Confronting the Hellenism of Today
Confronting the Hellenism of Today
“Man,” said the Greek philosopher Protagoras (481-411 BC), “is the measure of all things of what is and what is not.” This philosophy provided the foundation for Hellenism, which was devoted to the supremacy of human beings and human accomplishment. The cultural tradition of the Greeks, Hellenism was the prevalent worldview before and during the growth of early Christianity.
Hellenism was based in the belief that human beings are the ultimate source of truth and authority in the universe. Since the human being was considered the “measure of all,” human wisdom was deemed to be the greatest wisdom. What could not be understood or explained was viewed as false. Human accomplishments in athletics, the arts, and architecture became the motivating drive of society. The human body was considered the ultimate in beauty, so nudity, in art, in the baths, and in sport, was common. The accumulation of material possessions in order to provide oneself with luxury and comfort was a common pursuit. What could me more natural than to get the most out of life. After all, life’s greatest goal was to be the best at any pursuit.
The Hellenists tried to build their society on their gods, which were human creations. In effect, they worshiped themselves. Because they had nothing greater than themselves on which to base their worldview and society, their society eventually collapsed. No society can exist for very long when it creates its own view of truth.
Was Hellenism, at its roots, really new? No. The first evidence of it is recorded when Satan asked Eve, “Did God really say”? (Gen. 3:1). Eve, and then Adam faced an earth-shaking choice: who, or what, was the ultimate source of truth in the universe? When Adam and Eve decided to disobey God’s command not to eat from the tree (Gen. 2:16-17), they decided for themselves what was right and best for them and didn?t depend on God. They crowned themselves as the ultimate authority in the universe.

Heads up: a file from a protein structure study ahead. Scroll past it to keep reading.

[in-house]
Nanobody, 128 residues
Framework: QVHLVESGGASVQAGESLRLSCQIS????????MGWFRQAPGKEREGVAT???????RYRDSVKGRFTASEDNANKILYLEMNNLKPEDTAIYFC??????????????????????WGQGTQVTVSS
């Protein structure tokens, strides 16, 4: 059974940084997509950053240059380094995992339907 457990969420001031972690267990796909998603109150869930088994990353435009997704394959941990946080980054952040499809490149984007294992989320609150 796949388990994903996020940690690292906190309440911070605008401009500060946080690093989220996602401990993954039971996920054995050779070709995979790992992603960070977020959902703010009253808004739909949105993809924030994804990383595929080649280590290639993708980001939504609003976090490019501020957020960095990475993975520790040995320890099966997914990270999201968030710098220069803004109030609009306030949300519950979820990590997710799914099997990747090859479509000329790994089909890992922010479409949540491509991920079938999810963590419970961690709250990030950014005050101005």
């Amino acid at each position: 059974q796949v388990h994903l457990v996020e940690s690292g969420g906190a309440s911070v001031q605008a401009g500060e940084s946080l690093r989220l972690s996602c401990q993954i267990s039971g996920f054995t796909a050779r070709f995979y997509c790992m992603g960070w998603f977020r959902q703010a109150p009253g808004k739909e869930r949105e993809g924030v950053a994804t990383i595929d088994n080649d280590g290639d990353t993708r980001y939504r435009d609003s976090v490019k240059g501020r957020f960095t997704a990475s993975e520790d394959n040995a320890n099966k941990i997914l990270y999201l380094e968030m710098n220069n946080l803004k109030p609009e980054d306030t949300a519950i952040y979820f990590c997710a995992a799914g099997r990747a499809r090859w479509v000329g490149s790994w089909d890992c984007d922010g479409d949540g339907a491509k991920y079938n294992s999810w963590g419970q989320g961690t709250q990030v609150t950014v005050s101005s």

In contrast, the worldview of Christianity is based on God as the ultimate truth and authority. His revelation is the source of our vision for society, our knowledge, our morality, and even truth itself. The resulting values are absolute, not merely creations of our imaginations, and form a strong basis for society and the belief in the dignity of each person who is created in God’s image. In such a worldview, God is the ultimate authority in the universe. Life is to be lived for him, not for us. God has created the ultimate beauty, not humankind. Truth is what God revealed and allowed his people to discover.
The core beliefs of Hellenism haven’t disappeared with the advancements of today’s culture. Today Hellenism is called Humanism, and it still promotes the idea that the human being is the ultimate authority in the universe. Thus truth is what the human mind can discover, demonstrate, and understand. The glorification of human accomplishment, the drive to be number one, the obsession with comfort and pleasure, the focus on the human body and sexuality, the lack of compassion for other people, and the commitment to the will of the majority as being right are built on a foundation that is as old as the Garden of Eden and was well articulated by ancient Greek philosophers.
Today we commonly hear phrases like: “Just do it.” “If it feels good, go with it.” “I can do whatever I want with my body.” Within our public educational system, Hellenistic teaching is prevalent. Truth is defined as that which each person can logically understand and demonstrate (or at least that which the majority of people decides is right).
What does this mean to believers today? We live in the same type of world as the early Christian missionaries did. Our great task, then, is to declare that God alone is supreme and obey him. Our great temptation is that we may compromise and live as Hellenists or Humanists, and lose the opportunity to bring God’s life-transforming love and truth to a spiritually needy world.
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